Henry invites Daphne to a fancy dress show, where the entire royal family will be in attendance, but her soon-to-be evil stepsister tricks Daphne into wearing something completely inappropriate, and a strange twist soon has her modeling on the runway and falling into Prince Charles' lap! After several more such botched parties, Lord Dashwood has a serious talk with his daughter about changing. He shows her the "hall of Dashwoods," a family portrait collection of all the family members throughout the centuries, each having sacrificed a limb or two for the sake of duty. Daphne vows to change, and so to become a true, well-behaved Brit, befitting the Dashwood name.

A snag occurs, however, when she begins falling for a cute musician, who is not at all the society type that looks good in newspapers. Soon everyone must choose between duty and appearances or love and family.

WHAT A GIRL WANTS is a sometimes funny, zany, tender movie. It strikes a chord as it speaks to the heart of one thing that every daughter truly wants and needs, which is a caring father who puts her first.

WHAT A GIRL WANTS falls along the lines of THE PRINCESS DIARIES in some of its tone, but the message in WHAT A GIRL WANTS is not as positive because of its mixed nature. Whereas PRINCESS DIARIES shows how duty, honor, family, patriotism, and individual freedom may be reconciled, this movie does not. For instance, although it lauds family, fatherhood, parental love, and unselfishness, it also attacks duty and tradition. For example, the movie mocks the patriotism in Henry's English family, perhaps in an attempt to subtly attack notions of British imperialism. Also, one long bonding sequence between Daphne and Henry has Henry and Daphne escaping the constrictions of their social obligations, with Henry eventually getting a small tattoo. Christian and Jewish families who take seriously the Bible's command not to mutilate or tattoo your body would not be amused.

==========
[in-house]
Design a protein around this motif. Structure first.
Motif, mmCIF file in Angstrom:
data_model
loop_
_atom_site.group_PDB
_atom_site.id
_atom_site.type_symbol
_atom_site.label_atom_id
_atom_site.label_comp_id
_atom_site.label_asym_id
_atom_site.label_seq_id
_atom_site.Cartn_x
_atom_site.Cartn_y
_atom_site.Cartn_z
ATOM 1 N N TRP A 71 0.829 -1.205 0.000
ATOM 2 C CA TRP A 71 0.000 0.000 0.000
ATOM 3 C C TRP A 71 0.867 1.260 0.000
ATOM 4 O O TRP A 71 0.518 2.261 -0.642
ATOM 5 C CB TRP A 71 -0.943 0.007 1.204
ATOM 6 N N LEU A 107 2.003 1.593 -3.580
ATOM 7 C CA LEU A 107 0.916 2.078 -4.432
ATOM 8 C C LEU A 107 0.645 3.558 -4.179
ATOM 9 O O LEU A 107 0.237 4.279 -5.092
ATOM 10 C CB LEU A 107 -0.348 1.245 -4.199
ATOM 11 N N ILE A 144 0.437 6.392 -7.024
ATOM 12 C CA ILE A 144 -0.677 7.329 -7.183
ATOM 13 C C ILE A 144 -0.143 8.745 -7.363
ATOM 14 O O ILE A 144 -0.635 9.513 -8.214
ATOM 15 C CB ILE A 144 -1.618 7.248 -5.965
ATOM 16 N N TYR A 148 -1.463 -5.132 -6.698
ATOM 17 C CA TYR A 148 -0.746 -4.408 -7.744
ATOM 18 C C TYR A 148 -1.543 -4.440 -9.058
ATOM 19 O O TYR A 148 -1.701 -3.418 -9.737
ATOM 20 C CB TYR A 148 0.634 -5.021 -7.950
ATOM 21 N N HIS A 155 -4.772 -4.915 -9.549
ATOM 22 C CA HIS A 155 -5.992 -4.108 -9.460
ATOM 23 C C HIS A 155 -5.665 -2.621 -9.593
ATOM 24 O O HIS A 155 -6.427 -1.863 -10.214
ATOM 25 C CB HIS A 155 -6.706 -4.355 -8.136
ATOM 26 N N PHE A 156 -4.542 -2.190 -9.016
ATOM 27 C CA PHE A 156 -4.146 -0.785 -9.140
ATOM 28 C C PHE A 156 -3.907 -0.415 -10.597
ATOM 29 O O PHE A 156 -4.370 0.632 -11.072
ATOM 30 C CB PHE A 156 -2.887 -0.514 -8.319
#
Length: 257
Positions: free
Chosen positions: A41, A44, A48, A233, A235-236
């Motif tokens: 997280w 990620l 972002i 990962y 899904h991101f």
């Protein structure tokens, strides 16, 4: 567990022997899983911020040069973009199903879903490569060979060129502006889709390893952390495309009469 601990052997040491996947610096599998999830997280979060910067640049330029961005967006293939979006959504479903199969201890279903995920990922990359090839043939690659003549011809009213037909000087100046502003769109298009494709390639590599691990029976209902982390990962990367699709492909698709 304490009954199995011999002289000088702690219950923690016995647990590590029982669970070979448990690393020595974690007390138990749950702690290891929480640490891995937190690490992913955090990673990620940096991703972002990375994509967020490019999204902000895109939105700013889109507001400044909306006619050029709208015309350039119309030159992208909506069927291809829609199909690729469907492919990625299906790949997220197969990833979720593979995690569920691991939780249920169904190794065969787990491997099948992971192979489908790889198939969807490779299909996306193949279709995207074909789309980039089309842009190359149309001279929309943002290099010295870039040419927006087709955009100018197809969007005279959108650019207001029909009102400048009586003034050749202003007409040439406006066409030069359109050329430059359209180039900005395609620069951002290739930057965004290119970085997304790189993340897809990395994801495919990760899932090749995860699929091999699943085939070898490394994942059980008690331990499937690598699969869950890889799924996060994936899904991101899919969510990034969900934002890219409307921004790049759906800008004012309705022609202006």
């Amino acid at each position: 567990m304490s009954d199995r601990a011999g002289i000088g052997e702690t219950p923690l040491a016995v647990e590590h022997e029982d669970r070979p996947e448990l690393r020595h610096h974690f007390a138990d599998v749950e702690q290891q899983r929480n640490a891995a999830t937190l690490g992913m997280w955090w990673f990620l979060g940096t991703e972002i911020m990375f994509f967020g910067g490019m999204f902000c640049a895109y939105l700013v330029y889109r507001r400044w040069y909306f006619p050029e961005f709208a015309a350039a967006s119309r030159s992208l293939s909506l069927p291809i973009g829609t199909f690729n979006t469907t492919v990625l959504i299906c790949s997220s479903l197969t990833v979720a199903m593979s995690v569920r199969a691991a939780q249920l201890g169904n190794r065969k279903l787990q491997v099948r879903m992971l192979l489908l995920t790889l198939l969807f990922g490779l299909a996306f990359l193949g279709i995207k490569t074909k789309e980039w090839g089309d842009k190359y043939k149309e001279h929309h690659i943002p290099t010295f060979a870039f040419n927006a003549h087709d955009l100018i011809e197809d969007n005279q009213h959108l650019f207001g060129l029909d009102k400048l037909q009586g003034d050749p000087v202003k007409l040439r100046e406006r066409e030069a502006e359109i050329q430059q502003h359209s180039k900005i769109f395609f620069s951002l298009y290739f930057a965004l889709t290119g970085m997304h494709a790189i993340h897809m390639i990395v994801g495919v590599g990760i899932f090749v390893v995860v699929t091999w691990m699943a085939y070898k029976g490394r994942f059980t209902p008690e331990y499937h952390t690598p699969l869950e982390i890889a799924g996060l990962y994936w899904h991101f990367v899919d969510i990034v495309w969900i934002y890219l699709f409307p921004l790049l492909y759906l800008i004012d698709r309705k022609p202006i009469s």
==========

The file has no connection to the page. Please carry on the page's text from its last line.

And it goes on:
WHAT A GIRL WANTS is basically a fairytale. Much of the humor rests on the British-American differences and, of course, it's the Americans that win. The stuffy grandmother warms up, the snotty boy gets his comeuppance, the haughty lady with the dog takes a new perspective, the ugly fat twin debs become attractive, all because Amanda, unaware of the social restrictions of British society, has taken a "refreshing" unembarrassed approach to certain situations. The poor but artistic girl who goes in search of her father (who of course is fabulously rich and handsome and lives in a palace) gets to live the life of a princess and socialize with the Queen, then realizes what is really important. This movie pits American ideals of freedom and democracy, of "be yourself" against English ideals of what is proper in civilized society. As any fairytale, it literally ends with "and they lived happily ever after." Of course, the American ideals win out. Our characters have shed their formal clothes, now all in jeans, they carry their own food to the al fresco lunch, and the butler sits down to eat with them.